A branding strategy must necessarily vary significantly depending up whether the product at issue is OTC or by prescription. Although OTC medications can capitalize on the point-of-purchase courtship of consumers through their distinctive product packaging, prescriptions are typically filled in nondescript orange plastic containers. Accordingly, OTC drugmakers would be well served to focus on designing, marketing and registering distinctive product packaging—an area where the traditional trade-dress doctrine remains favorable. Prescription drugmakers may have to look elsewhere.
One possible solution for drugmakers could involve the adoption of blister-pack-style packaging typical of OTC cold medications and birth-control pills. While unquestionably more expensive from a packaging perspective, the possible benefits are multiple: blister packs eliminate the generic-container problem, custom-designed blister packs might garner trade-dress protection as inherently distinctive product-packaging, and blister packs are commonly designed in a way that actually increases patient compliance and reduces patient confusion or overdose.
It is unclear whether pharmacists will have the capability or the desire to fill every prescription in a custom-tailored blister pack. But to the extent any particular prescription drug allows for predictable and consistent dosages, blister packs might provide a way to protect and even foster market-share growth while also protecting the interests of the patient.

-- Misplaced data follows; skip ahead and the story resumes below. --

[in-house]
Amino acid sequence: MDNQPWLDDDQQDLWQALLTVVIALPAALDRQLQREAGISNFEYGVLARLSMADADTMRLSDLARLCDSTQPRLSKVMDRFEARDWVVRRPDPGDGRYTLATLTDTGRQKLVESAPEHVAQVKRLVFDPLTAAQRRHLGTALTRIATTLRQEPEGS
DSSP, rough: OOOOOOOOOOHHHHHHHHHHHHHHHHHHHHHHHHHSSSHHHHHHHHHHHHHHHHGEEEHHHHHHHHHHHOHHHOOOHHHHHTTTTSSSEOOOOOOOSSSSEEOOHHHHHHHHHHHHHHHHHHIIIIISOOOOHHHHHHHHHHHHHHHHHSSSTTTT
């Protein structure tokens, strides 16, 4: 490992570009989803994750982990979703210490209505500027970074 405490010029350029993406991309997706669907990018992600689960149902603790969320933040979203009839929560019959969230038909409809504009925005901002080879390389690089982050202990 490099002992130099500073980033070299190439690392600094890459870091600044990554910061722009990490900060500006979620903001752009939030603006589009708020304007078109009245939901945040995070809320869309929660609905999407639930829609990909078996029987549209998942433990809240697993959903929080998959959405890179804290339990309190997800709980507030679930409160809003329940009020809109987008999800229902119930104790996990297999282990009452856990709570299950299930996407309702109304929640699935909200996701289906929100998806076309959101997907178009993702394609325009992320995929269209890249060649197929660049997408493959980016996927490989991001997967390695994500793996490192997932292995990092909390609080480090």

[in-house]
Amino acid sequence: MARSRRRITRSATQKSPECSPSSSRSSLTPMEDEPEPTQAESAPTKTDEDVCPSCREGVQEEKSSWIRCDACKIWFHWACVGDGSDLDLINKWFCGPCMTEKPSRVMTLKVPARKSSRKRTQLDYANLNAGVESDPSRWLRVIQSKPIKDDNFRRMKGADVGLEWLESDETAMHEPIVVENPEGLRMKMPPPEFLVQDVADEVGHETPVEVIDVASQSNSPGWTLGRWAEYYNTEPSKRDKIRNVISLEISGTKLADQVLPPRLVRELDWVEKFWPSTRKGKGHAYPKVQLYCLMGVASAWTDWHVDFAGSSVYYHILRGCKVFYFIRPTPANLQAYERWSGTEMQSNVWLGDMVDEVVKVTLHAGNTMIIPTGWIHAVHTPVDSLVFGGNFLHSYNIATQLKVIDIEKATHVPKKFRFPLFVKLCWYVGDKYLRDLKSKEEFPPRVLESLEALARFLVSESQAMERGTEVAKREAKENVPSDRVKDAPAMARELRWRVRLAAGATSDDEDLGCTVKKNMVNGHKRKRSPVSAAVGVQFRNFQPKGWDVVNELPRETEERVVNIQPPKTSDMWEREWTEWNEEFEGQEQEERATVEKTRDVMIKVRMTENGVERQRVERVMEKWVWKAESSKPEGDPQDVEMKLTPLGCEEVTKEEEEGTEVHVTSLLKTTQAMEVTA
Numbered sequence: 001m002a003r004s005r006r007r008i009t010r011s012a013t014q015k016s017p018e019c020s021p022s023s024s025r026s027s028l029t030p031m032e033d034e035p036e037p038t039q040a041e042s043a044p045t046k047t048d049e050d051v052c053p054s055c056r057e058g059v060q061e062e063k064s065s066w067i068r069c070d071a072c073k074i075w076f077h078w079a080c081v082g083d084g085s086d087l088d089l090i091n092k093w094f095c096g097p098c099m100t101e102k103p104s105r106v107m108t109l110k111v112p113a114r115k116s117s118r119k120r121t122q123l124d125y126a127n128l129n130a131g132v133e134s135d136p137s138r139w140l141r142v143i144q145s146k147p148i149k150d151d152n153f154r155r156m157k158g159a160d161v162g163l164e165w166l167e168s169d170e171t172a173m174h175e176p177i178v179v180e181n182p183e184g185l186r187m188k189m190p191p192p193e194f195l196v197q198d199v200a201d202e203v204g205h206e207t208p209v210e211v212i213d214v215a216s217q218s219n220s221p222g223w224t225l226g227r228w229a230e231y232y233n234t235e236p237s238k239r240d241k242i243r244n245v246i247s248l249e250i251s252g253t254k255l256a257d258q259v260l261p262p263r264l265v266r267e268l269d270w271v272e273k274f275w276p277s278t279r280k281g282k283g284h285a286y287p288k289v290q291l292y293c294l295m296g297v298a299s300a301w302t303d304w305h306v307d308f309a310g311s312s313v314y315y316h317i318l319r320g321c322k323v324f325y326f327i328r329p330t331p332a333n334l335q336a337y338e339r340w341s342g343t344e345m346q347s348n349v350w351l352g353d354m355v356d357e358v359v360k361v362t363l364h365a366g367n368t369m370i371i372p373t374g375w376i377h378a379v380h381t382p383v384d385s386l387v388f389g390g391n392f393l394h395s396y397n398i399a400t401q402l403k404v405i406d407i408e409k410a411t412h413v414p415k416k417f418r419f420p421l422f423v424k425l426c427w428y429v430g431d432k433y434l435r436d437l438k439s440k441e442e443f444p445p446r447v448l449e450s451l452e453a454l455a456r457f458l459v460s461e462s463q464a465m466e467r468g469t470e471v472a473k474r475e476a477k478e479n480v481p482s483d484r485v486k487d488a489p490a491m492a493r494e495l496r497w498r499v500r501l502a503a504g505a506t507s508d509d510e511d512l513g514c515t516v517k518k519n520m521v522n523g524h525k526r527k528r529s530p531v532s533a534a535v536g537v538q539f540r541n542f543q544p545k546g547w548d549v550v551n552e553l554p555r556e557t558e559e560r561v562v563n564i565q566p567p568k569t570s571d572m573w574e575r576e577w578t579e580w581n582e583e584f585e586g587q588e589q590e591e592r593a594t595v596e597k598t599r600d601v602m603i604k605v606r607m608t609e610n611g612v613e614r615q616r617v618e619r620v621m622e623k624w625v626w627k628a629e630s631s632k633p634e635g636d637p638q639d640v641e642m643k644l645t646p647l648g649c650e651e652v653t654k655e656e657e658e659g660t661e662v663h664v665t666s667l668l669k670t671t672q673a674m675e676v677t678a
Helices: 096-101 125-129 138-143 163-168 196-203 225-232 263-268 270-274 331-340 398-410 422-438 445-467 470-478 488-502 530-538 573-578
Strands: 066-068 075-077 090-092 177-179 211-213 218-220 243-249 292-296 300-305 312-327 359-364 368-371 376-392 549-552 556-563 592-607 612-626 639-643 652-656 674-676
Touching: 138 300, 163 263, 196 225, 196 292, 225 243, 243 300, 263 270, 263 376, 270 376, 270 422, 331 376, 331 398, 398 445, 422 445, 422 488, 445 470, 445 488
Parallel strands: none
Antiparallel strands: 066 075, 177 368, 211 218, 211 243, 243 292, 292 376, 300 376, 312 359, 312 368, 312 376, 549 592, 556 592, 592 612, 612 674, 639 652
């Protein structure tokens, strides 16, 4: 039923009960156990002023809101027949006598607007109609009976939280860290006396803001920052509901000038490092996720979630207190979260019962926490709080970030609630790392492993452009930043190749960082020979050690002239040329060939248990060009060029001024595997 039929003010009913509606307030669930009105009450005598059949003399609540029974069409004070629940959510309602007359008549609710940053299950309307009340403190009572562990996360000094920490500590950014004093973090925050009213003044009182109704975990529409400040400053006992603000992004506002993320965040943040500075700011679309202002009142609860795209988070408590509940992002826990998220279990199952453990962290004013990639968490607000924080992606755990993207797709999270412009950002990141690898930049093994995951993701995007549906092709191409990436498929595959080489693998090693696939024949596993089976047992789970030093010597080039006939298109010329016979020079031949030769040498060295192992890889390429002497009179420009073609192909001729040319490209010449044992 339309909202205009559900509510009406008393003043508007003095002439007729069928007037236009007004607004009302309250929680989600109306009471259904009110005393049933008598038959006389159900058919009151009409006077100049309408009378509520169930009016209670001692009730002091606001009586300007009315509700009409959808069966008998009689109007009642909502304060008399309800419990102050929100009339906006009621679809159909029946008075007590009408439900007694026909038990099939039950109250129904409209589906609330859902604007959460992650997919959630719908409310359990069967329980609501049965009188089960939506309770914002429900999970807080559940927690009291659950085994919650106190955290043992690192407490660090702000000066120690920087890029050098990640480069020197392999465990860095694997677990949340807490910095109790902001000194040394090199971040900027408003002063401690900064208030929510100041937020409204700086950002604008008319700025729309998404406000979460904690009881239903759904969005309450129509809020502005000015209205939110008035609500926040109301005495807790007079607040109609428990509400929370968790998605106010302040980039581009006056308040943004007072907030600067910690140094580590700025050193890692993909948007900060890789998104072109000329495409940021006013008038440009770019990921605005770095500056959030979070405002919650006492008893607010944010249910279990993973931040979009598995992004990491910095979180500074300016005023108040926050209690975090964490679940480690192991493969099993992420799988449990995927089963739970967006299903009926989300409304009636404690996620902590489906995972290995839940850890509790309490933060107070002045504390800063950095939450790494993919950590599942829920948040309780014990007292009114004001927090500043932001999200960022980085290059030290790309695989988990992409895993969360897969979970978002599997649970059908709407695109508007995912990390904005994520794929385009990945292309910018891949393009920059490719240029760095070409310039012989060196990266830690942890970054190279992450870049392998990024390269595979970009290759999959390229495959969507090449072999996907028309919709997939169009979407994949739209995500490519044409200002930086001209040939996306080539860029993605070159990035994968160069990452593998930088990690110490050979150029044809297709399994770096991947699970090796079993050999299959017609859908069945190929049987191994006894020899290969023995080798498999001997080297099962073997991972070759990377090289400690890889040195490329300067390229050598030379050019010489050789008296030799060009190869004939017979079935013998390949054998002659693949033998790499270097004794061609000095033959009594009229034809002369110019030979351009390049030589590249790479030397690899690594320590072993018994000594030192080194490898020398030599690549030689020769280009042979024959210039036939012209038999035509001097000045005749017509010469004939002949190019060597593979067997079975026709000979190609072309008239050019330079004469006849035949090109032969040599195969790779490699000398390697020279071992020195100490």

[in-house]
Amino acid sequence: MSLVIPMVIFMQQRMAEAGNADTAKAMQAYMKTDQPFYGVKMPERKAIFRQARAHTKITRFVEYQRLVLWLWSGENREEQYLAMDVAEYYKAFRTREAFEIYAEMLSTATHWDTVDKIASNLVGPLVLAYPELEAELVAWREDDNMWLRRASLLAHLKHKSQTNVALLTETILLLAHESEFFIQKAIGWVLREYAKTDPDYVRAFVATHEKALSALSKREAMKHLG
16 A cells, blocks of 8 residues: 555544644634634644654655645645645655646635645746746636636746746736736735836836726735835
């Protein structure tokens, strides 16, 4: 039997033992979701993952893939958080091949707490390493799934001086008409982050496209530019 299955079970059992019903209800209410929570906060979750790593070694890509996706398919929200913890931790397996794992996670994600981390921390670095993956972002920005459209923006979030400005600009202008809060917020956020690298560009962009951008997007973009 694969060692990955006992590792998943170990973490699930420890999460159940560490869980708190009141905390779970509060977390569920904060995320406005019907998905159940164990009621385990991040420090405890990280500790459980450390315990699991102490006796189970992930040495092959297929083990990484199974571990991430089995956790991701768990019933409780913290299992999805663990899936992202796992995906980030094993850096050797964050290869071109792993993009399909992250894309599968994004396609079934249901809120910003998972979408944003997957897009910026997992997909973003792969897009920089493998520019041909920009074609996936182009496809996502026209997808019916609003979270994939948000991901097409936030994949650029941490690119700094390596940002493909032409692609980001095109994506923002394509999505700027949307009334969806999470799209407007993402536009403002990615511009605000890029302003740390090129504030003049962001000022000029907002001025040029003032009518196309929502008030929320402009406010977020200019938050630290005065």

Another possible branding strategy could include providing pharmacists with small stickers displaying the brand name of the medication. Drugmakers could include sheets of stickers with each shipment of their drug encouraging pharmacists to affix a sticker on any container in which a drug is ultimately dispensed. This approach, while more time intensive, could also offer valuable benefits—ensuring that patients encounter the brand name while offering reassurance that the pharmacist has dispensed the proper medication.
Manufacturers may elect to step away from product configuration in favor of a more intense focus on the brand name itself. Traditional federal trademark protection for brand names and taglines is alive and well in the industry. DTC could further encourage patients' insistence on the brand-name drug. Marketers should continue to focus on identifying and promoting unique, easy-to-remember names for new drugs, while also striving to choose a name that is easy to register and enforce as a trademark (for example Viagra or Zoloft). Displaying the name on each pill could also increase sales revenue by raising awareness of, and subsequent demand for, the branded product. And manufacturers should continue to educate consumers that the purchase of brand-name drugs supports future research by true industry innovators. Consumers need to realize the truism that extra dollars spent on brand-name drugs today help fund the research and development of the wonder drugs of tomorrow.